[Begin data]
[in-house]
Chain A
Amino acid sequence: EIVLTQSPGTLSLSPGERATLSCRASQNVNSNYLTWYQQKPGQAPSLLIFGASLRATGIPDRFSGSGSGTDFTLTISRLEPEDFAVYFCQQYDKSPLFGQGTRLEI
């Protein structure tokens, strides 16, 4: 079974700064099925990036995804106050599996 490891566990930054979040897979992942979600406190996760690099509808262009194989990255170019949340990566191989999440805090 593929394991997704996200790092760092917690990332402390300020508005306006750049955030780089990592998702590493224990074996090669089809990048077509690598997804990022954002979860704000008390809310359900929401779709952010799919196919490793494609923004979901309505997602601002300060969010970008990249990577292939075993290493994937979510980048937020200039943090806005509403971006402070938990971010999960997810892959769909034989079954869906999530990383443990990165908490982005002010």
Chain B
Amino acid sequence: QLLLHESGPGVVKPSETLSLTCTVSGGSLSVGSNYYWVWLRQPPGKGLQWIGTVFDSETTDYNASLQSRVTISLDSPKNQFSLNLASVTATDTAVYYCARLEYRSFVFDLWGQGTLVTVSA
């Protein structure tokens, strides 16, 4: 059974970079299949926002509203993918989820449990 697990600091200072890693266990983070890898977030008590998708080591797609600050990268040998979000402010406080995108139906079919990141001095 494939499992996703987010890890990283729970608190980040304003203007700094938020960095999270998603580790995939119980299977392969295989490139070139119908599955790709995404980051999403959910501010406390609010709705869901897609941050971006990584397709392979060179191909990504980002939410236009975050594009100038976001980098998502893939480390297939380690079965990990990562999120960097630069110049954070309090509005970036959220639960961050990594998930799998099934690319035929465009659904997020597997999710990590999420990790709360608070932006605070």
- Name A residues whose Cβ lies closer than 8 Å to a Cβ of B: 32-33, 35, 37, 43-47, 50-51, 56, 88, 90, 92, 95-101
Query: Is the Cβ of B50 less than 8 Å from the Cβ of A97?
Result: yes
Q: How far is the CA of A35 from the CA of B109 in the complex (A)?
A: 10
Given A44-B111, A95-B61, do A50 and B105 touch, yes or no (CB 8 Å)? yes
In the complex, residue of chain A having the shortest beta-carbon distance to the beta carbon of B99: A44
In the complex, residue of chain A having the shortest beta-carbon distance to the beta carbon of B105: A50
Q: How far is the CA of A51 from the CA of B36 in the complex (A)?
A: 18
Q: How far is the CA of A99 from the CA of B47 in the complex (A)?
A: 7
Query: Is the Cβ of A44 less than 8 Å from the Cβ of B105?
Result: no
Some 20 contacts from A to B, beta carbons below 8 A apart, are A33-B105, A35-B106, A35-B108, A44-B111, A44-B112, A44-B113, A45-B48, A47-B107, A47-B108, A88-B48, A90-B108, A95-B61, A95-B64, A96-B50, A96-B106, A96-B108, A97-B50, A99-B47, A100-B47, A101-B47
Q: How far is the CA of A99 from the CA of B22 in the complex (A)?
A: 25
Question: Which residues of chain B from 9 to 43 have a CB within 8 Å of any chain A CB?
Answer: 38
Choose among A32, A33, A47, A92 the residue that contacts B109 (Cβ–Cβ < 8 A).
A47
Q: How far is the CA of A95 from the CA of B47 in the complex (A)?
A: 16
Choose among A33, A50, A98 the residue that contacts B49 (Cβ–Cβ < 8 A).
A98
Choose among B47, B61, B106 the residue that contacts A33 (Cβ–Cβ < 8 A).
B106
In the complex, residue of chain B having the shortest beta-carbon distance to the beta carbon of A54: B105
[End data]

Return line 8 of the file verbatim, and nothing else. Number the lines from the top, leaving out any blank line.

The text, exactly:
- Name A residues whose Cβ lies closer than 8 Å to a Cβ of B: 32-33, 35, 37, 43-47, 50-51, 56, 88, 90, 92, 95-101